Why Surface Acoustic Wave Scales Are Better for Laboratory Use

Industrial Scales that Weigh Liquefied GasIn laboratories, using instruments that can provide precision measurements is especially important. Historically, the challenge has been that purchasing scales for laboratory use required a compromise.

If you were to choose a standard strain gage scale, you would be sacrificing the resolution of the scale. However, if you chose a magnetic force restoration scale, you would be sacrificing your budget and also be forced to purchase a product from an overseas company, which can translate into inflated shipping costs, and questions related to reliability.

At Arlyn Scales, we’ve heard this question many times, which prompted us to see if we could develop a solution that could not only deliver precision measurements in a laboratory setting, but at a price that is budget friendly.

Arlyn Scales, based in Long Island, New York, has been manufacturing scales for more than 30 years. While we were well aware of the common issues related to precision weighing instruments that plagued laboratories for so long, we’ve never been a company that backs down to a challenge.

Why Strain Gage Scales Don’t Suffice for Laboratory Use

While strain gage scales offer adequate accuracy for most industrial applications, they do not offer sufficient accuracy for laboratory environments. This shortcoming is primarily due to the use of strain gage load cells.

The load cell is without a doubt the most important component of a standard industrial scale. Its duty is to measure the weight of any item placed on a scale platform and produce the value that you read on a scale indicator.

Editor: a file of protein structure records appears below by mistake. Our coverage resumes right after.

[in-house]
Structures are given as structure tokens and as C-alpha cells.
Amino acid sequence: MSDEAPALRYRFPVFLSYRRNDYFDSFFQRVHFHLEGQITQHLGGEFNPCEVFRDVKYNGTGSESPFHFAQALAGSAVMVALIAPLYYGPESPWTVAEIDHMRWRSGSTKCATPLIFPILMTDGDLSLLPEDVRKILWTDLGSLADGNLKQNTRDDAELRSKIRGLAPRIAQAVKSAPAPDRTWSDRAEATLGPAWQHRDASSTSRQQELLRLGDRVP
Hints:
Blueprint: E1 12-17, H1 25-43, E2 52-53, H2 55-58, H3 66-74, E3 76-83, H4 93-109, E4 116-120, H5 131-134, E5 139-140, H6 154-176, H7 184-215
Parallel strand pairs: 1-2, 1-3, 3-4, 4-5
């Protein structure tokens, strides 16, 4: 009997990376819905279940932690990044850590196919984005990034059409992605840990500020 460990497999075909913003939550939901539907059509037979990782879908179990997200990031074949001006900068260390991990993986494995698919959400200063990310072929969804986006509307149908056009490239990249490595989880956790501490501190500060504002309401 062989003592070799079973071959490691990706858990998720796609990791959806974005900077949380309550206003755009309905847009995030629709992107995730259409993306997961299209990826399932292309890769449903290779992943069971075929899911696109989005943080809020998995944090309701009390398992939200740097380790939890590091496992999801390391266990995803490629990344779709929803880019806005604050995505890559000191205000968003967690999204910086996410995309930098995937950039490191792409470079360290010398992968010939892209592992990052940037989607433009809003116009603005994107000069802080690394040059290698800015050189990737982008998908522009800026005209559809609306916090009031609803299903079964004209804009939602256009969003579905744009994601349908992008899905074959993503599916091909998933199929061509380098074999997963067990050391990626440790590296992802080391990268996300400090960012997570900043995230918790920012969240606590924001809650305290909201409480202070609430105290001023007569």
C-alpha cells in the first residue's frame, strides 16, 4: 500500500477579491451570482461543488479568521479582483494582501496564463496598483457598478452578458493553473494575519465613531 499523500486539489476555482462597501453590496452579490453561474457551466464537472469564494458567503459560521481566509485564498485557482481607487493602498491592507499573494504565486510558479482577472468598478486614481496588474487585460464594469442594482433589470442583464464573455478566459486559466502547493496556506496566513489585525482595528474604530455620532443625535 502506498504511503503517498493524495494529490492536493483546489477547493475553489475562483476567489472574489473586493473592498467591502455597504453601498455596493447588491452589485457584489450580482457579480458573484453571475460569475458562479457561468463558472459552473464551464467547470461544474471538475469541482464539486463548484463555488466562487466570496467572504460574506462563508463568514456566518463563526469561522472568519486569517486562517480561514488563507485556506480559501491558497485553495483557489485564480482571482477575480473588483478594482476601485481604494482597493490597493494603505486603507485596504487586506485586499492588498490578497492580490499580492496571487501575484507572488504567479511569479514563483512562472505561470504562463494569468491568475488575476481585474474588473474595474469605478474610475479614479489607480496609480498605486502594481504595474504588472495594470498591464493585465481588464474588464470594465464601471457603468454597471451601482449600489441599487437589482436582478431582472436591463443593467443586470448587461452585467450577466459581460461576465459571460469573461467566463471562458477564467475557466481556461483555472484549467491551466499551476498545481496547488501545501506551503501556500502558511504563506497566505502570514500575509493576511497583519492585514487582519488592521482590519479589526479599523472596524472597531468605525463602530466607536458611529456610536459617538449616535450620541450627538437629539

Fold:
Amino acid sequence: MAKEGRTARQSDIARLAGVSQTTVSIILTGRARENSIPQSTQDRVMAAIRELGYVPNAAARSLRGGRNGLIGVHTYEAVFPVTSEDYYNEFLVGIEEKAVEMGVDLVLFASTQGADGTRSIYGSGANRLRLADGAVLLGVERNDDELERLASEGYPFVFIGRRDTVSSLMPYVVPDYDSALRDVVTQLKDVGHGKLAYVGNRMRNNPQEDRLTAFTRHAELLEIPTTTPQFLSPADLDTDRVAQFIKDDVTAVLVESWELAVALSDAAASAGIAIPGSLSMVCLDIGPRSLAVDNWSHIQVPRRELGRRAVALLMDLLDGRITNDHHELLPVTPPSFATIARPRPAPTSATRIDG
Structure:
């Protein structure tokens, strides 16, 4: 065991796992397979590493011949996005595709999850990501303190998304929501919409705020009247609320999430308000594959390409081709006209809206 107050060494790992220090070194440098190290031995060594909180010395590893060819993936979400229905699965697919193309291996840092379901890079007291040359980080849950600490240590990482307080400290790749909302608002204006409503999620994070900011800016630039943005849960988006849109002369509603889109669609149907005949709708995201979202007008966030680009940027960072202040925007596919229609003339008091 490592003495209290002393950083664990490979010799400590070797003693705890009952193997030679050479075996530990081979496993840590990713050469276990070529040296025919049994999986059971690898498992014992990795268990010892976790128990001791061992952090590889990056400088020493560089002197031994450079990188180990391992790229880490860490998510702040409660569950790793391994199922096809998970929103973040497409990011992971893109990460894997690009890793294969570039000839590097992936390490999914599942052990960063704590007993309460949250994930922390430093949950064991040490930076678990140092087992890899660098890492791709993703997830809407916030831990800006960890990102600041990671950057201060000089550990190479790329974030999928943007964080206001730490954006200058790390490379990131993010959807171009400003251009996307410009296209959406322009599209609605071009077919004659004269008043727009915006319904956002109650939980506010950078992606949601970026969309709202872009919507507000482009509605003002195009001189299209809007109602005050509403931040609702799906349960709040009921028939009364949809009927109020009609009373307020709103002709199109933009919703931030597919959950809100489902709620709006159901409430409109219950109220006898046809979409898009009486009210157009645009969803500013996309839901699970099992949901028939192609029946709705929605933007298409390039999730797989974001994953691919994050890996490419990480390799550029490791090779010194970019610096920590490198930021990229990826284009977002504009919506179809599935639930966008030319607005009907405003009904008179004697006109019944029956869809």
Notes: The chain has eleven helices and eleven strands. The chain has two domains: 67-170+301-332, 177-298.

The load cell incorporates thin sections, called flexures, which allow it to bend, as a type of spring element. During manufacturing (four sections commonly referred to as flexures) are added into the spring element design. Strain gages are then attached to these flexures and wired together, forming a Wheatstone’s bridge.

When an object is placed on the scale platform and the spring element begins to bend, the flexures also bend, causing a change in the resistance of the strain gages, and therefore a change of the bridge voltage. The voltage is then sent through an analog-digital converter, which allows the digital signal to be transmitted to the display indicator, where numbers on the screen relate to the weight on the scale platform.

One of the primary issues with a standard strain gage scale is the inverse relationship that exists between the scale’s capacity and resolution. The higher the capacity, the lower the resolution, and vice versa.

Even at lower capacities of around 10 pounds, a standard strain gage scale can only provide resolutions of up to 0.002 lb. While this may be enough for some applications, it can be worrisome for laboratory environments that require precision measurements.

And, as the capacity increases, the resolution drops significantly becoming even more of a problem in most labs. For instance, a 100-pound strain gage scale would only be able to provide accurate measurements up to 0.02 lb. or possibly 0.01 lb. at most.